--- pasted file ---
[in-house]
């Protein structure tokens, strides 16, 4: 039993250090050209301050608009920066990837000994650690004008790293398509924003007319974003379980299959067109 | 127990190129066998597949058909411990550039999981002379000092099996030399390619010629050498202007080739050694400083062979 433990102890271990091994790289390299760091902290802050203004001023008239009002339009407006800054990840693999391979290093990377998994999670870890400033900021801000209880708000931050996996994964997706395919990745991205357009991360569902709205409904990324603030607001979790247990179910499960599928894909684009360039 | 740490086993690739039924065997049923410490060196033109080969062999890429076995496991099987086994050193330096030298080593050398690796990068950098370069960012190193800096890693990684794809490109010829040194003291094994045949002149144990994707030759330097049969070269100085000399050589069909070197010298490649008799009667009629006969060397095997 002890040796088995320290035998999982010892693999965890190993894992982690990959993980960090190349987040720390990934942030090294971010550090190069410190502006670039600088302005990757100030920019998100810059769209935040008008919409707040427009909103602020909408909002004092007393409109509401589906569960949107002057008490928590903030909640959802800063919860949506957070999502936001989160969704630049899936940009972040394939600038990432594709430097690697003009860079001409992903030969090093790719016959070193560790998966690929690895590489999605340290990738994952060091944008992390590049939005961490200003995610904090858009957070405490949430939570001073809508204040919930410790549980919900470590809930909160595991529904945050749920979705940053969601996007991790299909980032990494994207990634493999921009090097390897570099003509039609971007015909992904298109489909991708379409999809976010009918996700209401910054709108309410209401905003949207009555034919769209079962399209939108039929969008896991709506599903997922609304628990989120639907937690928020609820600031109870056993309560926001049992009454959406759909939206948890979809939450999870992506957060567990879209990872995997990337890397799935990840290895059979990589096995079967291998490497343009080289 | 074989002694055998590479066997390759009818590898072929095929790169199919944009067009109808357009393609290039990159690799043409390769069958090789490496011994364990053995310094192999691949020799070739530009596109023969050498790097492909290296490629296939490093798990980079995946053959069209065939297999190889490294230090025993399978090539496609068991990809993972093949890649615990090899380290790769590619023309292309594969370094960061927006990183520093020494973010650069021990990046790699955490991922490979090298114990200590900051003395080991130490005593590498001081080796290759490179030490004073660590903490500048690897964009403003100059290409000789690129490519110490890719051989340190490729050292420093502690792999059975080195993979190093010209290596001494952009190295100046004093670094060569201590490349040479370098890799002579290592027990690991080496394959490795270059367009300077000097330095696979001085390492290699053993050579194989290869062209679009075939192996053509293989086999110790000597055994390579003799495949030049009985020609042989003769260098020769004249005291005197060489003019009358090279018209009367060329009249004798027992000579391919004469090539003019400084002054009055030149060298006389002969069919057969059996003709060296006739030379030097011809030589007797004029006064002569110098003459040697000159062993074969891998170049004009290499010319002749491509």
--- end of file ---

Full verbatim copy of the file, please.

[in-house]
């Protein structure tokens, strides 16, 4: 039993250090050209301050608009920066990837000994650690004008790293398509924003007319974003379980299959067109 | 127990190129066998597949058909411990550039999981002379000092099996030399390619010629050498202007080739050694400083062979 433990102890271990091994790289390299760091902290802050203004001023008239009002339009407006800054990840693999391979290093990377998994999670870890400033900021801000209880708000931050996996994964997706395919990745991205357009991360569902709205409904990324603030607001979790247990179910499960599928894909684009360039 | 740490086993690739039924065997049923410490060196033109080969062999890429076995496991099987086994050193330096030298080593050398690796990068950098370069960012190193800096890693990684794809490109010829040194003291094994045949002149144990994707030759330097049969070269100085000399050589069909070197010298490649008799009667009629006969060397095997 002890040796088995320290035998999982010892693999965890190993894992982690990959993980960090190349987040720390990934942030090294971010550090190069410190502006670039600088302005990757100030920019998100810059769209935040008008919409707040427009909103602020909408909002004092007393409109509401589906569960949107002057008490928590903030909640959802800063919860949506957070999502936001989160969704630049899936940009972040394939600038990432594709430097690697003009860079001409992903030969090093790719016959070193560790998966690929690895590489999605340290990738994952060091944008992390590049939005961490200003995610904090858009957070405490949430939570001073809508204040919930410790549980919900470590809930909160595991529904945050749920979705940053969601996007991790299909980032990494994207990634493999921009090097390897570099003509039609971007015909992904298109489909991708379409999809976010009918996700209401910054709108309410209401905003949207009555034919769209079962399209939108039929969008896991709506599903997922609304628990989120639907937690928020609820600031109870056993309560926001049992009454959406759909939206948890979809939450999870992506957060567990879209990872995997990337890397799935990840290895059979990589096995079967291998490497343009080289 | 074989002694055998590479066997390759009818590898072929095929790169199919944009067009109808357009393609290039990159690799043409390769069958090789490496011994364990053995310094192999691949020799070739530009596109023969050498790097492909290296490629296939490093798990980079995946053959069209065939297999190889490294230090025993399978090539496609068991990809993972093949890649615990090899380290790769590619023309292309594969370094960061927006990183520093020494973010650069021990990046790699955490991922490979090298114990200590900051003395080991130490005593590498001081080796290759490179030490004073660590903490500048690897964009403003100059290409000789690129490519110490890719051989340190490729050292420093502690792999059975080195993979190093010209290596001494952009190295100046004093670094060569201590490349040479370098890799002579290592027990690991080496394959490795270059367009300077000097330095696979001085390492290699053993050579194989290869062209679009075939192996053509293989086999110790000597055994390579003799495949030049009985020609042989003769260098020769004249005291005197060489003019009358090279018209009367060329009249004798027992000579391919004469090539003019400084002054009055030149060298006389002969069919057969059996003709060296006739030379030097011809030589007797004029006064002569110098003459040697000159062993074969891998170049004009290499010319002749491509």